WISDOM 1:13-15, 2:23-24 2 CORINTHIANS 8:7, 9, 13-15 MARK 5:21-43
Last week, the gospel left us with the image of Jesus sleeping at the rear of a boat as his disciples desperately tried to keep the boat afloat when a sudden storm descended on the lake. The disciples woke him up screaming, “Do you not care that we are perishing?”
He stood up and calmed the storm and the wind. They were safe. But we left the scene with Jesus’ response to the disciples ringing in our ears, “Do you not yet have faith?” This week’s gospel develops the theme by showing us two people of tremendous faith.
There was a woman who had been suffering with hemorrhages for twelve years. She was physically worn out and financially depleted because of her doctor bills. Perhaps her greatest suffering came from isolation. In Jewish culture, any ailment involving loss of blood separated an individual from society. She was forbidden to touch people, to eat with people or to attend the synagogue.
She had heard that Jesus was a powerful healer. When she learned that he was nearby she lingered near the crowd that was surrounding him. She hoped to be able to touch him. She managed to get close enough to reach out her hand to touch one the ritual tassels he was wearing. Jesus immediately felt a jolt of power leave him. She felt his power streaming through her. She knew that she had been healed. But then Jesus suddenly shouted out, “Who touched Me?” She became frightened but approached him. He calmed her fears. “Daughter, your faith has saved you. Go in peace and be cured of your affliction.”
This woman’s faith was so strong that it attracted Jesus’ healing energy. Besides her
physical healing she received the gift of inner peace.
The second example of tremendous faith was the president of the local synagogue, Jairus. Remember that Jesus was popular among the ordinary people but not with the religious authorities. The word was already out to be cautious of this Jesus. He was very loose in his interpretation of the law and even did public theological battle with the Pharisees and Sadducees.
Jairus, a public figure, took a big chance by coming to Jesus. His daughter was at death’s door. People were saying that Jesus was a great healer. No matter what the religious authorities were saying about Jesus, Jairus, in his desperation, had nowhere to turn but to Jesus. A father’s love drove him to humble himself before this healer. “He fell at his feet and pleaded earnestly with him.” Jesus immediately responded to his request. On the way to his home Jairus witnessed the cure of the woman with the hemorrhage. This must have bolstered his confidence in Jesus but only for the moment. As soon as the crowd neared Jairus’ house they heard flutes playing a dirge and mourners wailing. It was too late. The girl was dead. Jesus admonished the mourners saying that the girl was asleep, not dead. “They ridiculed him.”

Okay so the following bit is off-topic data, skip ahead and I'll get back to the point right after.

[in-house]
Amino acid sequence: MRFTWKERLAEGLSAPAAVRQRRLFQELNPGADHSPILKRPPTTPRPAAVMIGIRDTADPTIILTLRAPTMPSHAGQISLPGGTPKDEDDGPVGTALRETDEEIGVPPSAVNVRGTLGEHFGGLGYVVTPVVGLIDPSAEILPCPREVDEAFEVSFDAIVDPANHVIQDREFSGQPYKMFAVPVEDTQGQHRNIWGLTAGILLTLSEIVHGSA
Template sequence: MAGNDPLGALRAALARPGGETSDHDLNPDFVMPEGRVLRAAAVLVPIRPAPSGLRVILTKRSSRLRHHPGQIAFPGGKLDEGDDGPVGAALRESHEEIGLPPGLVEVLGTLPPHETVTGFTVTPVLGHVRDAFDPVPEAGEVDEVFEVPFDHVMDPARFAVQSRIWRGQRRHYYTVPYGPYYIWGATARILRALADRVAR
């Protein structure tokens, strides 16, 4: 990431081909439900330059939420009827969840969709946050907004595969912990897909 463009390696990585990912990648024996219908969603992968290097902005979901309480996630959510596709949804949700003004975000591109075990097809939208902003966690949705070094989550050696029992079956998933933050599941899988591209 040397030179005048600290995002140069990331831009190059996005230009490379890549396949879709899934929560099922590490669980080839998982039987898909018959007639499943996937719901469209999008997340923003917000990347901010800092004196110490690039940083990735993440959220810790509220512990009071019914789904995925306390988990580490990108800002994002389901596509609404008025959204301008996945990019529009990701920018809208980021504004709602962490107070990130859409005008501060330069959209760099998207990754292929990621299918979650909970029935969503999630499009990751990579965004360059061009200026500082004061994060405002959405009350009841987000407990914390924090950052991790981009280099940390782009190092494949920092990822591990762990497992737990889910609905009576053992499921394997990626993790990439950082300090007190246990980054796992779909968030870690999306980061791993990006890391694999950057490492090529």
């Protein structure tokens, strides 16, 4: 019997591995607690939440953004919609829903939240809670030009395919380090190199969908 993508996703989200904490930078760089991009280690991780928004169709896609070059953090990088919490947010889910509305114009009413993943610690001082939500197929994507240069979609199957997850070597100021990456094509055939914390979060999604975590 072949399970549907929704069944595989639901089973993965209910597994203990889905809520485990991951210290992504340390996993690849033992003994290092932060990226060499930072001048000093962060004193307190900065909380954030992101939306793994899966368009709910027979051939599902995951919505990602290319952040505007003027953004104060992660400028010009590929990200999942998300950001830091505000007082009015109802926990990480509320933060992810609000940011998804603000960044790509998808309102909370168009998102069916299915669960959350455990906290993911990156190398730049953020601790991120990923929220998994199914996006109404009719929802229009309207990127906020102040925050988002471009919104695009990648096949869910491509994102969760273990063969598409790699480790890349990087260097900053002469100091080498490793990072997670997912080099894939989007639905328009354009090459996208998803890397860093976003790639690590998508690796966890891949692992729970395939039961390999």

Jesus then gathered a small community of faith, Jairus and his wife and his band of three witnesses, Peter, James and John. Before he entered the girl’s room he instructed them. “Do not be afraid; just have faith.”
A mere touch and a simple command was all that was needed. “He took the child by the hand and said to her, ‘Little girl, arise.’” Awe fell upon the entire crowd.
Last week’s account of the storm at sea left us with a question; “Do you not yet have faith.” This week’s stories show us the power of faith. The woman with the hemorrhage suffered for twelve years until she found Jesus. As a public figure, Jairus’ request that Jesus pray over his daughter, was a humbling experience.
What do these examples of faith teach us? The woman taught us that a person of faith never gives up. She fought her way through the crowd. Nothing would stop her from reaching out to Jesus. Jairus taught us that the foundation of faith is humility. This prominent man fell to his knees before Jesus. Faith involves trust and reliance, conviction and assurance. Faith can’t be tentative. Faith dwells deep in the heart.
I’m concluding this reflection on faith with the opening passage from a short work entitled, A RULE FOR A NEW BROTHER. It was written by an SSS Community in Holland in 1973 as an inspirational Rule of Life for a lay community. It contains a beautiful description of faith.
You want to seek God with all your life, and love him with all your heart. But you would be wrong if you thought you could reach him. Your arms are too short, your eyes are too dim, your heart and understanding too small. To seek God means first of all to let yourself be found by him. He is the God of Abraham, Isaac and Jacob. He is the God of Jesus Christ. He is your God, not because he is yours but because you are his. To choose God is to realize that you are known and loved in a way surpassing anything one can imagine, loved before anyone had a thought of you or spoken your name. To choose God means giving yourself up to him in faith. Let your life be built on this faith as on an invisible foundation. Let yourself be carried by this faith like a child in her mother’s womb. And so, don’t talk too much about God, but live in the certainty that he has written your name on the palm of his hand.